2. Screened Cables
Screened cables are of two types – H-type and S.L. type.
In H-type cables, the individual conductors are first insulated by a paper insulator followed by a metallic cover. Hence these metallic covers are in contact with each other which are then grouped together by a metallic tape usually made of cover. Finally, a lead sheath is provided all around and both the lead sheath and the copper tape are grounded.
It is similar to that of H-type cables except for the fact that individual lead sheaths are provided to each conductor instead of an overall sheath. The advantage is that the chances of conductor-to-conductor breakdown fault are minimized and the cable gains more flexibility.
These cables are a combination of both H and S.L.type cables. Each core is insulated using impregnated paper insulator and is provided with separate lead sheaths.
For the system voltage exceeding 66kV, the electrostatic stress is severe on the cable. This may lead to insulation failure and permanent damage to the cable. To avoid this, pressure cables filled with oil or gas are used instead of solid cables to improve the dielectric strength.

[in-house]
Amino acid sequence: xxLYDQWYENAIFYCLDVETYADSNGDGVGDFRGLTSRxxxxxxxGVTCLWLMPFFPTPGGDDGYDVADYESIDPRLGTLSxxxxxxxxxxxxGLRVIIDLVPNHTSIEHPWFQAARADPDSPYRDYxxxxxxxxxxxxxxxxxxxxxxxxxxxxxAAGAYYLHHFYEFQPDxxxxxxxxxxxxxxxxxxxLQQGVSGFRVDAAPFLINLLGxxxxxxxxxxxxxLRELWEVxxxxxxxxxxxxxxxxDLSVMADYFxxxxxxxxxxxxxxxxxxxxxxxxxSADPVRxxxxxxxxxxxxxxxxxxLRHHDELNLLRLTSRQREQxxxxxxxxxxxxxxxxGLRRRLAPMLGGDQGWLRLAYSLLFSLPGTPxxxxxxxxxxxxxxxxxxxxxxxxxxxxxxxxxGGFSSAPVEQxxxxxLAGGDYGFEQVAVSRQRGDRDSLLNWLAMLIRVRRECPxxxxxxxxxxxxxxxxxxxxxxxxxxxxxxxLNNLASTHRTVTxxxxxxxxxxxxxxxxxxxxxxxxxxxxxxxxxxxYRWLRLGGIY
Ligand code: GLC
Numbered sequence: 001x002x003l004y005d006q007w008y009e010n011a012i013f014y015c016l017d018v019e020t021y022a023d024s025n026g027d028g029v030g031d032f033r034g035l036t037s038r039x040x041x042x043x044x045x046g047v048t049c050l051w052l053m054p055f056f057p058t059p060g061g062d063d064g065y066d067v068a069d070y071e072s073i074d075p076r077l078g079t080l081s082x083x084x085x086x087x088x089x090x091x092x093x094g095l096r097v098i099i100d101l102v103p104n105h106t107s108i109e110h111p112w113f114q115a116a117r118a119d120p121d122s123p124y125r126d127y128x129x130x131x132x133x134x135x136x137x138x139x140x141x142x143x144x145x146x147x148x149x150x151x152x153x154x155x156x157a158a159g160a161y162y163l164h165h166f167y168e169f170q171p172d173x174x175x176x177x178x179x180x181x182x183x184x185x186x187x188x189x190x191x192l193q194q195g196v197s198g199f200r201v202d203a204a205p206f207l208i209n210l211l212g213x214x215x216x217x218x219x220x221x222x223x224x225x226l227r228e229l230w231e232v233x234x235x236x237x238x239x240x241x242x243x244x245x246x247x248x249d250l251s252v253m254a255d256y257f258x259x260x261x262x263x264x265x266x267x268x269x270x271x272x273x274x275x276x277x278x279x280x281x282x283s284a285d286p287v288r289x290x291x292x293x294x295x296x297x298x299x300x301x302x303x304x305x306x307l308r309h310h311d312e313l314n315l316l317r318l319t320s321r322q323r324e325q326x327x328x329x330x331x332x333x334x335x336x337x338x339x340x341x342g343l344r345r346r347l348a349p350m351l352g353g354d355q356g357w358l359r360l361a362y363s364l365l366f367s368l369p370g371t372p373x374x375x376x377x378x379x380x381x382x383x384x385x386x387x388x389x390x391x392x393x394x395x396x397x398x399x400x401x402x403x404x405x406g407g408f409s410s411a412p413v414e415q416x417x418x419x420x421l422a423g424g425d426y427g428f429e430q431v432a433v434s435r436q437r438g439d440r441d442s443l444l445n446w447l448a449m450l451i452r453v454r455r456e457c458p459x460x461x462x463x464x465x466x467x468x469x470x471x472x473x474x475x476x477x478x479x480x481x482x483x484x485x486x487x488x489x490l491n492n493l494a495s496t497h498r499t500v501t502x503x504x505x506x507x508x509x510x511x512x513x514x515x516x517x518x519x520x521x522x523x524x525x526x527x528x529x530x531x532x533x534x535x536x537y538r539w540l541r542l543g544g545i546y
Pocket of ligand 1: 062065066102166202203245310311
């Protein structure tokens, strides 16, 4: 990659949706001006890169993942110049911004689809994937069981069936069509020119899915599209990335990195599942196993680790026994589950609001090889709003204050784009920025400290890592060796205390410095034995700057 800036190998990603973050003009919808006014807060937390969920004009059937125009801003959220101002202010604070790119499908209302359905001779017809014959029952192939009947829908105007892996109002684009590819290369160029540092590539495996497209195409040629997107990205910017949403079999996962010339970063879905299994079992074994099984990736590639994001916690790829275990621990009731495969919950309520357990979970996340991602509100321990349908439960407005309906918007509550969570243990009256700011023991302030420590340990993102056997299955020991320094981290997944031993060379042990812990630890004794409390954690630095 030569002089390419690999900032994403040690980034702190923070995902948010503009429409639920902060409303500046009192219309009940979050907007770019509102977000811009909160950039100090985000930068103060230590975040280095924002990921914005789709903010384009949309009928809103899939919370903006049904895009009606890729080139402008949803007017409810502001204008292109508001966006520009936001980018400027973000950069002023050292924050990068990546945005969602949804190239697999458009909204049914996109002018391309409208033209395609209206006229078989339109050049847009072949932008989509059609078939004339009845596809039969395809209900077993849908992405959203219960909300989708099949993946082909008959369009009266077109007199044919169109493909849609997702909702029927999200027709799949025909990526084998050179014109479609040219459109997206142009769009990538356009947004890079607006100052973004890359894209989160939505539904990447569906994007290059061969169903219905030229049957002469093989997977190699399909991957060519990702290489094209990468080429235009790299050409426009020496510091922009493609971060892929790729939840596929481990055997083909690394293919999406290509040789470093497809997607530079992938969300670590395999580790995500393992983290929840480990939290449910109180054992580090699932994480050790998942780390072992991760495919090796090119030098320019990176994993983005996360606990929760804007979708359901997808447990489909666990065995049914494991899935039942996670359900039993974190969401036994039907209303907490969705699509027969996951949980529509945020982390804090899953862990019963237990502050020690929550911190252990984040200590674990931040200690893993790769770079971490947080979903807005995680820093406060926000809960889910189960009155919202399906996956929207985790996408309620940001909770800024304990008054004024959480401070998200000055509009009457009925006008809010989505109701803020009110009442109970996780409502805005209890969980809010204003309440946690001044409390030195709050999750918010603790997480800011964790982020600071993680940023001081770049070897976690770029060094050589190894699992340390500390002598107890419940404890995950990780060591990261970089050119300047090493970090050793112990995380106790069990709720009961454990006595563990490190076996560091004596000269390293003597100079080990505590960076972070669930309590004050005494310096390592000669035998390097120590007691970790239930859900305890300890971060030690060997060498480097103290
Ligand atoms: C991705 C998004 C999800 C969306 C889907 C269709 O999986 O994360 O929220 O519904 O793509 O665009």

Oil is filled through the cable under suitable pressure. This oil is the one used for the impregnation of paper insulators.
Pressurized gas is circulated around the cable in a steel pipe.
Usually, the gas is Nitrogen. Such cables are used in high-voltage transmission and are subjected to high-load currents.
Types of underground cables based on installation
- Directly buried installation: A trench is dug out and the cable is laid down in it without any additional element. A cooling pipe may be provided if required.
- Tunnel installation: Tunnels are dug up where the power cable has to cross a river. The cables are laid down in the tunnel. However, the installation and maintenance cost is high.
- Trough installation: Concrete troughs are dug and the cable is laid down. The maintenance is easy and accessible as these are visible on the ground.
- Gas-insulated line installation: For power lines operating at a very high voltage, gas insulation is provided during installation. It ensures operational safety but the initial cost is high. This is a relatively new technique of power cable installation.